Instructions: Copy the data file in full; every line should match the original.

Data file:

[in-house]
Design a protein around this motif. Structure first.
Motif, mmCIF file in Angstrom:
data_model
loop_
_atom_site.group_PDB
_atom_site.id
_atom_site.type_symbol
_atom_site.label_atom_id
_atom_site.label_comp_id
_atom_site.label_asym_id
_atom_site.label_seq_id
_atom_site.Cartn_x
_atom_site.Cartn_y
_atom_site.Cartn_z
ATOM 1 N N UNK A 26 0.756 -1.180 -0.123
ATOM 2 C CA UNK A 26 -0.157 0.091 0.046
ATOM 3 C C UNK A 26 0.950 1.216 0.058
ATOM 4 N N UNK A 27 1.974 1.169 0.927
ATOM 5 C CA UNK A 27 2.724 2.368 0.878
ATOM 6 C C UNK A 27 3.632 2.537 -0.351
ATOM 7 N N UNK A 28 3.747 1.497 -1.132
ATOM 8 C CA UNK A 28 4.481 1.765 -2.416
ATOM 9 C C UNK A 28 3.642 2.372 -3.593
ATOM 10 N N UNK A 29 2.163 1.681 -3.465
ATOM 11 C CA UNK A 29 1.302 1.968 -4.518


[in-house]
Design a protein around this motif. Structure first.
Motif, mmCIF file in Angstrom:
data_model
loop_
_atom_site.group_PDB
_atom_site.id
_atom_site.type_symbol
_atom_site.label_atom_id
_atom_site.label_comp_id
_atom_site.label_asym_id
_atom_site.label_seq_id
_atom_site.Cartn_x
_atom_site.Cartn_y
_atom_site.Cartn_z
ATOM 1 N N UNK A 26 0.756 -1.180 -0.123
ATOM 2 C CA UNK A 26 -0.157 0.091 0.046
ATOM 3 C C UNK A 26 0.950 1.216 0.058
ATOM 4 N N UNK A 27 1.974 1.169 0.927
ATOM 5 C CA UNK A 27 2.724 2.368 0.878
ATOM 6 C C UNK A 27 3.632 2.537 -0.351
ATOM 7 N N UNK A 28 3.747 1.497 -1.132
ATOM 8 C CA UNK A 28 4.481 1.765 -2.416
ATOM 9 C C UNK A 28 3.642 2.372 -3.593
ATOM 10 N N UNK A 29 2.163 1.681 -3.465
ATOM 11 C CA UNK A 29 1.302 1.968 -4.518